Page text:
And even if it's not controlled by the same computer doesn't mean that one computer getting into some unexpected state cannnot have unintended consequences on other computers. The other computer could, for example, be stuck waiting for a response that is never coming from the first failed computer. Unless you know how this whole system is put together and works, I'm only saying it's premature to rush to judgement against all the drivers by saying they surely could have stopped the car by turning it off, shifting it, etc.
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snipped-for-privacy@optonline.net wrote: ...

You wrote "the computer" -- that implies one and was all I objected to.
...

And I'm only saying there's been nothing I've seen that indicates that one or the other was, in fact, actually disabled.
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On Wed, 3 Mar 2010 07:49:16 -0800 (PST), snipped-for-privacy@optonline.net wrote:

or 2 computers that control everything. Common practice seams to be a PCM (Powertrain control module) and a BCM (Body control module). The PCM handles engine and transmission and all related functions - often including cruise control, stability control, ABS, etc, while the BCM handles the AC, power windows, sometimes cruise control etc, and the instrument panel, among others.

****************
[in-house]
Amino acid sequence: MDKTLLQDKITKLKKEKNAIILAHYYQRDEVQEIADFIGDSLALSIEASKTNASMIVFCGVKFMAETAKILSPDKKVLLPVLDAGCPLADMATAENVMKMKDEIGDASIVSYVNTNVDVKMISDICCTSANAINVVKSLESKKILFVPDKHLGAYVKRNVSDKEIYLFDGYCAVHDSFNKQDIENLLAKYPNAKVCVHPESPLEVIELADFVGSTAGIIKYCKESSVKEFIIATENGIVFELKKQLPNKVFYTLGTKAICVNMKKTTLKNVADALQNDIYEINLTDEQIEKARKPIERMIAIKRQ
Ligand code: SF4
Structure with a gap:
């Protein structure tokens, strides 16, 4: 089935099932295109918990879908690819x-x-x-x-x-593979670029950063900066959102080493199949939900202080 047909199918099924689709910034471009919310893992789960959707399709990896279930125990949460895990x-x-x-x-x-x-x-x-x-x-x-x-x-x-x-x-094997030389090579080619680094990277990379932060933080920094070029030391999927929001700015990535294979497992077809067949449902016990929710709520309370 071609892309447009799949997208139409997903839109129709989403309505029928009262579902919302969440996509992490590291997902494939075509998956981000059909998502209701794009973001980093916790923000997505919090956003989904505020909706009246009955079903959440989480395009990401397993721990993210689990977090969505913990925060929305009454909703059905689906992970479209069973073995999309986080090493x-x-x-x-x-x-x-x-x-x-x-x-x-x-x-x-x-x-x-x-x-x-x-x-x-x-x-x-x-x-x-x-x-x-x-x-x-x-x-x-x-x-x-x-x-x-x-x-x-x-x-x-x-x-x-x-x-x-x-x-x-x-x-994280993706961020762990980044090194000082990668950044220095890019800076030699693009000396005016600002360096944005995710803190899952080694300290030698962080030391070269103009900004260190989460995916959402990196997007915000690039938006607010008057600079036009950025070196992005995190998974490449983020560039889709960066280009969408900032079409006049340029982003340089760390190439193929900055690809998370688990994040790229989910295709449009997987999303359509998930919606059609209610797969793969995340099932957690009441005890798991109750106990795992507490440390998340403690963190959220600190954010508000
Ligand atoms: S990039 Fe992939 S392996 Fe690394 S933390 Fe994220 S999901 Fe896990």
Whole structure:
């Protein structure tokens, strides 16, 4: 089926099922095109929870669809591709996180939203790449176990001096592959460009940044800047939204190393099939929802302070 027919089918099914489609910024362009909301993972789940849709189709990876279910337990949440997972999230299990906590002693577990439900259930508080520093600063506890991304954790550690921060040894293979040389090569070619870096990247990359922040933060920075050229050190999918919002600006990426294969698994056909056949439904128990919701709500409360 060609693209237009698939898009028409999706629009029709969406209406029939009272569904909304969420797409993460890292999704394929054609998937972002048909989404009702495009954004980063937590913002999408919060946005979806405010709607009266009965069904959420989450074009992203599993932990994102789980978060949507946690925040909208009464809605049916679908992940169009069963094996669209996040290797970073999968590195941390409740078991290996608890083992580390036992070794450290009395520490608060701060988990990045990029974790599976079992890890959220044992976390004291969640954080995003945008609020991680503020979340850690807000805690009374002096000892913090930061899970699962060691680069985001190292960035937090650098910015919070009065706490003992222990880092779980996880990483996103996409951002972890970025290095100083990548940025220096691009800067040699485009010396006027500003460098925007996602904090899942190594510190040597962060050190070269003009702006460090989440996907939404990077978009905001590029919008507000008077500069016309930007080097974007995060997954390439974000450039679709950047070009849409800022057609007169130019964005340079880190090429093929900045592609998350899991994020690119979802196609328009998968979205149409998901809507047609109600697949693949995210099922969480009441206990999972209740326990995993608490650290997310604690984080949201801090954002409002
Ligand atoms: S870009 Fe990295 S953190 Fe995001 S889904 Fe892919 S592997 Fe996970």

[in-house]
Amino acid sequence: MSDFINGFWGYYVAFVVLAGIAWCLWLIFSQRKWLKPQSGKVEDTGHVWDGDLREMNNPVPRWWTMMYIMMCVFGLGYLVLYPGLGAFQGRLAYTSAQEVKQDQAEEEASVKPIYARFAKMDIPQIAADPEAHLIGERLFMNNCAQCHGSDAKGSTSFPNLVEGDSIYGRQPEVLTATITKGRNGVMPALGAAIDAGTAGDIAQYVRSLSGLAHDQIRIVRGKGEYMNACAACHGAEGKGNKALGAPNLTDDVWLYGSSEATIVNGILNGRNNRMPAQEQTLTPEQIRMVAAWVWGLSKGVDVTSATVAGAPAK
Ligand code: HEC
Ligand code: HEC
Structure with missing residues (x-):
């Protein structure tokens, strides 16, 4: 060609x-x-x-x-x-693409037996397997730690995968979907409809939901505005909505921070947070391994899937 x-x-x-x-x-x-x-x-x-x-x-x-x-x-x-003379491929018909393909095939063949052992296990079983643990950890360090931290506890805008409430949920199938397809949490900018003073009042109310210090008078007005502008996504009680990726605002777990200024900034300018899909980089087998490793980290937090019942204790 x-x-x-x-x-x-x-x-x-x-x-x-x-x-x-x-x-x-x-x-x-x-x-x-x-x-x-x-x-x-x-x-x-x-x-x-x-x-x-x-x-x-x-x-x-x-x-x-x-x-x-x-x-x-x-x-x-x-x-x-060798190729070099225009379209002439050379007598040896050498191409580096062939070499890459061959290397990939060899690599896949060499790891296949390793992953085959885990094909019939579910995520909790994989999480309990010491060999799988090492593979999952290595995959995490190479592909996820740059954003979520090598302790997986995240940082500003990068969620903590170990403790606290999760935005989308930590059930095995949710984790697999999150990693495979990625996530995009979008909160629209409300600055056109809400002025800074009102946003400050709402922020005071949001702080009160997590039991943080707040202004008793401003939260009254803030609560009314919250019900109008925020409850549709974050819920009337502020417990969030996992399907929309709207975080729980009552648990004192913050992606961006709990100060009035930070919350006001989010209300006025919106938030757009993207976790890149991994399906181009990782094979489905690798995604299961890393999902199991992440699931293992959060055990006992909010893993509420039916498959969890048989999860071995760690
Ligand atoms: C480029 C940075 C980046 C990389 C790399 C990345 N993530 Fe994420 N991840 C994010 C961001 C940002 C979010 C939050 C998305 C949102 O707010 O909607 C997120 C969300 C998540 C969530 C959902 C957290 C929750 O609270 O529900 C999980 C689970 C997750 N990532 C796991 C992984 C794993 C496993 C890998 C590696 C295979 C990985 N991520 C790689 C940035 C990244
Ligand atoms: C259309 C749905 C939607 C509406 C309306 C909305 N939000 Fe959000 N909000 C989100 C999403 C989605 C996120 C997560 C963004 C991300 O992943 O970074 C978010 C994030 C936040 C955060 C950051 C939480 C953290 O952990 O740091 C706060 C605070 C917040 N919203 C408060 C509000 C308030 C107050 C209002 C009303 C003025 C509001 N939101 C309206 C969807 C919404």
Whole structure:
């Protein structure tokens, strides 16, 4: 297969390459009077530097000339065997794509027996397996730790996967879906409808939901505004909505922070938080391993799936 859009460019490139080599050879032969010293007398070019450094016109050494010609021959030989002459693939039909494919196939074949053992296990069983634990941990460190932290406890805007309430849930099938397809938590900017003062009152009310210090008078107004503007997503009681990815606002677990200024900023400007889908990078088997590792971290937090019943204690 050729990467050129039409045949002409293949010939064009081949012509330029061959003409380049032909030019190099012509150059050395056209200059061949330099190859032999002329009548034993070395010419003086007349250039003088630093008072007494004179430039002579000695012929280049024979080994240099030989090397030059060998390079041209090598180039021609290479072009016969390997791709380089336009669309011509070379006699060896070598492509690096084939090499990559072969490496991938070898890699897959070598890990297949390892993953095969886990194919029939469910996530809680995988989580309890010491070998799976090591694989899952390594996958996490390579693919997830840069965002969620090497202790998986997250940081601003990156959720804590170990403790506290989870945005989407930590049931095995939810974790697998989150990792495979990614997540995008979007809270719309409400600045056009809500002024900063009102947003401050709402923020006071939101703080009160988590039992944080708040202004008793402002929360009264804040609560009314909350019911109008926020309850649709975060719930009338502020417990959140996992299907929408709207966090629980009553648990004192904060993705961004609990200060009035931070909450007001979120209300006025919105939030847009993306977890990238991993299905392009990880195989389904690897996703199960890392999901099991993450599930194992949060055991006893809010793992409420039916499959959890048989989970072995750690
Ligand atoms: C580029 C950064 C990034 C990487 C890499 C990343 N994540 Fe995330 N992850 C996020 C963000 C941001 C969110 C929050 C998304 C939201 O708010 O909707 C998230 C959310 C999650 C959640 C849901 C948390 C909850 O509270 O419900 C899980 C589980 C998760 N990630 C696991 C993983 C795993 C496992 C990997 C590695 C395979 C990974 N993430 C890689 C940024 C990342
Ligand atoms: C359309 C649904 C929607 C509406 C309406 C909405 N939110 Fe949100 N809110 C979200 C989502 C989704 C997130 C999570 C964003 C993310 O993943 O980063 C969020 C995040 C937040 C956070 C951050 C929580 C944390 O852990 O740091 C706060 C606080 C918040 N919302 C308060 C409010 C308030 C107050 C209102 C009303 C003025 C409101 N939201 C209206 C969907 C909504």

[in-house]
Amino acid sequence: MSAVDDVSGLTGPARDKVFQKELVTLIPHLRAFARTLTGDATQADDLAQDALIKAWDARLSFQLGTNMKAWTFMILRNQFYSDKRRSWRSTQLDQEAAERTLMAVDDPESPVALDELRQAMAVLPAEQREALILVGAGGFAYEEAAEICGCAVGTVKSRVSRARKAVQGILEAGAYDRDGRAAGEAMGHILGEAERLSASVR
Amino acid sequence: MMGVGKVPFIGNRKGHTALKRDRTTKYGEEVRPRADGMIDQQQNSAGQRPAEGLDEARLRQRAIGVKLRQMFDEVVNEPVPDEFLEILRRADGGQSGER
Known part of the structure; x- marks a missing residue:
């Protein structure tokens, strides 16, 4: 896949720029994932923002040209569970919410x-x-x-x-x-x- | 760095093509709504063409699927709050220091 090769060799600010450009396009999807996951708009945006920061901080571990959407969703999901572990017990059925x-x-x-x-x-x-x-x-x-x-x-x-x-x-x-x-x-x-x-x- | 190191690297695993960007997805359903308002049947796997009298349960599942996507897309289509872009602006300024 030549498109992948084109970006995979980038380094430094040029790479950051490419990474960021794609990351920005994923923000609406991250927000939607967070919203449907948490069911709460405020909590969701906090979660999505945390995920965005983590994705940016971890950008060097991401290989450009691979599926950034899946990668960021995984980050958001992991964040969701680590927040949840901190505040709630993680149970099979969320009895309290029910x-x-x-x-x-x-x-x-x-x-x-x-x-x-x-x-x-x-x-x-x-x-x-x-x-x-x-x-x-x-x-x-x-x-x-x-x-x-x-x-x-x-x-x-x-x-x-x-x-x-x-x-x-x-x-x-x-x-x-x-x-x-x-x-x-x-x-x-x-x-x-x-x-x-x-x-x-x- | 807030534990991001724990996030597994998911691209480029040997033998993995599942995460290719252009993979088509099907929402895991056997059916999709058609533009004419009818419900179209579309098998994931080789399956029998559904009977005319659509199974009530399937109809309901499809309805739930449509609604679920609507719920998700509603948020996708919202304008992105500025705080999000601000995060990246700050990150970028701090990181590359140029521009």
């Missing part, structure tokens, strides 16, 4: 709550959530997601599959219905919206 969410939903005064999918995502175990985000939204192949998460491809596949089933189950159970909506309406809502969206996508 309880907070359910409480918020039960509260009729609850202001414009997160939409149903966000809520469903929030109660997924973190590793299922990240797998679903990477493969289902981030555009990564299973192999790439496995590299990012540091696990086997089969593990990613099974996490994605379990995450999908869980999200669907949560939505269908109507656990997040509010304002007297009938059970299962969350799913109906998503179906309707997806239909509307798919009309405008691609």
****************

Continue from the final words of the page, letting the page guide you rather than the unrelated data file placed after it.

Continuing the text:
SOME vehicles use only one computer to handle everything (including, apparently, the RADIO.

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On Mar 4, 12:23am, snipped-for-privacy@snyder.on.ca wrote:

And your source for that would be? Everything I've seen over the years is that there are more and more microprocessors, ie computers in cars. And that only makes sense as cars become increasingly complex. Do you really believe the radio, CD player, GPS, etc are all controlled by one computer and that it makes sense to do that, when you can have a cheap local microcontroller that tends to functions right where they need to be handled, eg radio, gps, climate control.
Here's a news story that says you are wrong:
http://news.bbc.co.uk/2/hi/8510228.stm
They identify at least 8 computers in a typical car. A computer doesn't have to be a big module. It can be as simple as an 8 bit microcontroller that sells for $1 and is used to run something like a dashboard display or the radio. You can't even buy it or replace it as a seperate part any more than you could with the one in your dishwasher, microwave oven, etc.